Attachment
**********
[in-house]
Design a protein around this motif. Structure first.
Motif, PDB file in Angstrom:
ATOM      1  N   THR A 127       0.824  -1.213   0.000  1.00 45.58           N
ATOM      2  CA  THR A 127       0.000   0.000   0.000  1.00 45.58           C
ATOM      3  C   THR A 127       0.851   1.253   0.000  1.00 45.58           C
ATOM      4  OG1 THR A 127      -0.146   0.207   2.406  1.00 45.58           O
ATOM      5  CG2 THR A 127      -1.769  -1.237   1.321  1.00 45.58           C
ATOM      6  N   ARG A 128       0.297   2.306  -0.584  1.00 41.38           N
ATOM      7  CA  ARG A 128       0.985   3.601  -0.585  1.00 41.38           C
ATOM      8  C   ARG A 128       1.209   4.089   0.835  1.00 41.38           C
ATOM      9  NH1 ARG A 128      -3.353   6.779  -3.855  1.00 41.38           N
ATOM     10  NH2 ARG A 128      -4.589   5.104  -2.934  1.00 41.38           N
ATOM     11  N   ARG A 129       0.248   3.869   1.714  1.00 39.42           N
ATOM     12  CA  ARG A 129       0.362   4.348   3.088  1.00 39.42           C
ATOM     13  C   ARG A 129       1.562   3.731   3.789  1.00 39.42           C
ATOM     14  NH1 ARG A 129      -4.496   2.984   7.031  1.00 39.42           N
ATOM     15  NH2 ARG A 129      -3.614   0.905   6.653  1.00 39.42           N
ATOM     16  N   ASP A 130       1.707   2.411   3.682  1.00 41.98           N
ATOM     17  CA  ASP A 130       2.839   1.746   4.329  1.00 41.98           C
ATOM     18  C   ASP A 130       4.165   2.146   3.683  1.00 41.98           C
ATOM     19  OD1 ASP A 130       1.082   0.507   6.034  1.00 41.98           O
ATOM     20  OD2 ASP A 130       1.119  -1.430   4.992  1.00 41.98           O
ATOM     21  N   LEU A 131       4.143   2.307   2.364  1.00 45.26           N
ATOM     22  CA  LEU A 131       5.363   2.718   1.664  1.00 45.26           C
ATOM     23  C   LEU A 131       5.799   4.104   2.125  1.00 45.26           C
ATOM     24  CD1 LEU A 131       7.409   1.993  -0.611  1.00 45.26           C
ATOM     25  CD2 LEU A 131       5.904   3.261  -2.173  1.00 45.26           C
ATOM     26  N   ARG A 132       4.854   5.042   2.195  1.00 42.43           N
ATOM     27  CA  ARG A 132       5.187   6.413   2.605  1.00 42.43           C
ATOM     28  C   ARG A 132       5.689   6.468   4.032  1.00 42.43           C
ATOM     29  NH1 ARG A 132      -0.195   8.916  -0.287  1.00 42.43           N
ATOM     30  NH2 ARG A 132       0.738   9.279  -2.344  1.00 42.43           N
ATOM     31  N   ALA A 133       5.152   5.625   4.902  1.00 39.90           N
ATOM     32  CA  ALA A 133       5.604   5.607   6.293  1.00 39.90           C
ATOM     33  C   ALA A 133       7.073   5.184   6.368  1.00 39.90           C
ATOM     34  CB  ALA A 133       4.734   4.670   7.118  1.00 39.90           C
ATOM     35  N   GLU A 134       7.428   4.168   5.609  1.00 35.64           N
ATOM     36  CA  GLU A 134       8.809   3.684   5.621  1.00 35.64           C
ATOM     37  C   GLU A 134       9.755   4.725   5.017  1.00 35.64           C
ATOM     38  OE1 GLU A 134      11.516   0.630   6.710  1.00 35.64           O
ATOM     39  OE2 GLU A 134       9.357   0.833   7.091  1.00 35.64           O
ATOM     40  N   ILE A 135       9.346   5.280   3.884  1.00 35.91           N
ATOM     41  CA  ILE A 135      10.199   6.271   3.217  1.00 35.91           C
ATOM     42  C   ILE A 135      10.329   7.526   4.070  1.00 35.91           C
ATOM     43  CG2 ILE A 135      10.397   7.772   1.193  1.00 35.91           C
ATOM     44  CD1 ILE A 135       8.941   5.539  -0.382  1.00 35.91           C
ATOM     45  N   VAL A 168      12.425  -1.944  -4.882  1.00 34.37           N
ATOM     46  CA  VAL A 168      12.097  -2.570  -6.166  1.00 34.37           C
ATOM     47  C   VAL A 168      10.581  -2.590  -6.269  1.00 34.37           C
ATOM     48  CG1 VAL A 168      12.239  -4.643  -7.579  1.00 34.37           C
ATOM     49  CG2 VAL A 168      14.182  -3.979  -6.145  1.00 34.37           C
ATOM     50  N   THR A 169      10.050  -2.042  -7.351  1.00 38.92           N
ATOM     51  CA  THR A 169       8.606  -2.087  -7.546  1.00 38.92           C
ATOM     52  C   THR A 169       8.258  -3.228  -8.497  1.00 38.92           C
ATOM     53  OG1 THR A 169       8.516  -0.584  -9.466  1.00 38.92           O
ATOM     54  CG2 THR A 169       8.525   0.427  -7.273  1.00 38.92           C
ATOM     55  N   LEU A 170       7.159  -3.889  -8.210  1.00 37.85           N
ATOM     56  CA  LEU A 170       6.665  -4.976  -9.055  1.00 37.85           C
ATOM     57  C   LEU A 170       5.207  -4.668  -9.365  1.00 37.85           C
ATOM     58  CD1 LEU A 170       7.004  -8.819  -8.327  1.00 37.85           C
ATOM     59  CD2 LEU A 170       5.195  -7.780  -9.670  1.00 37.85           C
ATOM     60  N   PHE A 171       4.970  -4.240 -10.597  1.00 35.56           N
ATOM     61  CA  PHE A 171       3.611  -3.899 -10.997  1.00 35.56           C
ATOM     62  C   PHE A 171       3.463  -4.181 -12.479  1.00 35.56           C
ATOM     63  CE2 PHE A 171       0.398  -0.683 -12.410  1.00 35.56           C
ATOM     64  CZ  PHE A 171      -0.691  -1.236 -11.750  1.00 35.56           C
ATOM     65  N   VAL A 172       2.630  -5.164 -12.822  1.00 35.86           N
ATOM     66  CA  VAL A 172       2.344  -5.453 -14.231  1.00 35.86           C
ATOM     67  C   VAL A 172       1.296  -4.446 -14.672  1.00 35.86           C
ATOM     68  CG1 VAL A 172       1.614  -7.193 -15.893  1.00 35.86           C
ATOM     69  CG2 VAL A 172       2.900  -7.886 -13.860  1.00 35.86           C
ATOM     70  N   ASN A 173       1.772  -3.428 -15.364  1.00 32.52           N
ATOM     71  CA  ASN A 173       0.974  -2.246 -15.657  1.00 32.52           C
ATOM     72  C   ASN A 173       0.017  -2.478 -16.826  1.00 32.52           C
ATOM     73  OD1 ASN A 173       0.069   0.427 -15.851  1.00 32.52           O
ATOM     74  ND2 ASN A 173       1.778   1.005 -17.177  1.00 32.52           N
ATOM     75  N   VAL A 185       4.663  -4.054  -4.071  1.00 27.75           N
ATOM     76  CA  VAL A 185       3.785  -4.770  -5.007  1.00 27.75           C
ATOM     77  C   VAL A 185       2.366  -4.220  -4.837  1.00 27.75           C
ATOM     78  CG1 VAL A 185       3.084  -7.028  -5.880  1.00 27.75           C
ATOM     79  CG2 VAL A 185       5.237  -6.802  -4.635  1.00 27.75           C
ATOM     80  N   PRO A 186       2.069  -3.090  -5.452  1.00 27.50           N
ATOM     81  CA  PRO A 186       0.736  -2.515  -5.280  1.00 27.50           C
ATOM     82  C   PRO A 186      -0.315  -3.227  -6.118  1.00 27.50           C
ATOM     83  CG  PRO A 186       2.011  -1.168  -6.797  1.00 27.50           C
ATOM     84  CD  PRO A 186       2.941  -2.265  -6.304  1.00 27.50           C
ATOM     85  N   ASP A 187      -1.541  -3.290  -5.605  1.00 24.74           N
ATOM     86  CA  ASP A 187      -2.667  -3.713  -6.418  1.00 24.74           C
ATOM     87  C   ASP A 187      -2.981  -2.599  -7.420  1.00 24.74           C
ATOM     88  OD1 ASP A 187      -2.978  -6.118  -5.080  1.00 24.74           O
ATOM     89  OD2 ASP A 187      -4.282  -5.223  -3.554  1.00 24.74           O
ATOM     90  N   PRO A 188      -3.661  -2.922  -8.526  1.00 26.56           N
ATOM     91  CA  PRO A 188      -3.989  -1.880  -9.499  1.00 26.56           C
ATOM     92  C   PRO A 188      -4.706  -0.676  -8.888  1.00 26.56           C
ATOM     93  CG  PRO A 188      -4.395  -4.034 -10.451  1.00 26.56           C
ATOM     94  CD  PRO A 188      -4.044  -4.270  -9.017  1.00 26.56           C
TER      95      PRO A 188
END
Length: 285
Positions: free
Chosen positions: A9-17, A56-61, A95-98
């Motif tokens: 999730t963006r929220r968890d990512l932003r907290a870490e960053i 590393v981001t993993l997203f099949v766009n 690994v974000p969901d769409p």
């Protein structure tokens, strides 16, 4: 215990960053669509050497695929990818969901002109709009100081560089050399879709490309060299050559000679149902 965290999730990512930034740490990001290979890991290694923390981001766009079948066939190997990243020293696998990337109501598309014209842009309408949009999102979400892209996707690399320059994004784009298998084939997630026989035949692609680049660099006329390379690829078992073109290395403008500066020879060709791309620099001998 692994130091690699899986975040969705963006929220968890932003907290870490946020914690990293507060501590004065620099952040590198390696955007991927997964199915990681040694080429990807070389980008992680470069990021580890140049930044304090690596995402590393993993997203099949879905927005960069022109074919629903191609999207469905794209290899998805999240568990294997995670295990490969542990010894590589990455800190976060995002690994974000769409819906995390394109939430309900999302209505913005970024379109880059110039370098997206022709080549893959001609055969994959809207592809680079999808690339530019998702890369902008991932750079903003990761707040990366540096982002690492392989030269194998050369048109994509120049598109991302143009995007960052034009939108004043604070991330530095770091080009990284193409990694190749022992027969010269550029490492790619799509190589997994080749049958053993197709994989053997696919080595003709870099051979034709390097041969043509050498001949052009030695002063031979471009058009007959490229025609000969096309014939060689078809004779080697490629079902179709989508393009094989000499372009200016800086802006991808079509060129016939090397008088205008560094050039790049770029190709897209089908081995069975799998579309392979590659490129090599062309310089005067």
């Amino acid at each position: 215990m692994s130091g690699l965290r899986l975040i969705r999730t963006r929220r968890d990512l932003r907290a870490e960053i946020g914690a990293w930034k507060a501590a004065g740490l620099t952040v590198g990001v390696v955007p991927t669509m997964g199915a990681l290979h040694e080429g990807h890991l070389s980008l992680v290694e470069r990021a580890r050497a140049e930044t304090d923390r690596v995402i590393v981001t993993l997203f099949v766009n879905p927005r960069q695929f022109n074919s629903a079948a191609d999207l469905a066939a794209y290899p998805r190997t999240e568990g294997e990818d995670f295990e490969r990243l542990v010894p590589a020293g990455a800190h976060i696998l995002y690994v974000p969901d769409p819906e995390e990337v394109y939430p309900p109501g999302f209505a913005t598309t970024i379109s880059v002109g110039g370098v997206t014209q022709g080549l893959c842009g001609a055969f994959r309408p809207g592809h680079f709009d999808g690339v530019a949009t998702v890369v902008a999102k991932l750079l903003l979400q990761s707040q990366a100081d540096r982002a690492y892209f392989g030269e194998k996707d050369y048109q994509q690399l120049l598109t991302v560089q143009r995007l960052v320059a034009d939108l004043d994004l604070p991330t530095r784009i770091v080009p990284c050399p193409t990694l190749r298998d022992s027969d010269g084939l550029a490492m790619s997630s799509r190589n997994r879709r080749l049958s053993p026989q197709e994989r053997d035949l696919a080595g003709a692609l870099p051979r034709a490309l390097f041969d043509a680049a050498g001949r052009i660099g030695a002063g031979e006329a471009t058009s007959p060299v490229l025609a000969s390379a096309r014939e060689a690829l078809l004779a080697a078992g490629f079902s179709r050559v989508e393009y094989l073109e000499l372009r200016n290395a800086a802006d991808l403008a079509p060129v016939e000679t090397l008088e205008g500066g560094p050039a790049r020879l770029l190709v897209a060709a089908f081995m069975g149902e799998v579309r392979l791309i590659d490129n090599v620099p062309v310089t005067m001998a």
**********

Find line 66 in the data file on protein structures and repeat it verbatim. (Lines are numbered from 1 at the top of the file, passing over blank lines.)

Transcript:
ATOM     63  CE2 PHE A 171       0.398  -0.683 -12.410  1.00 35.56           C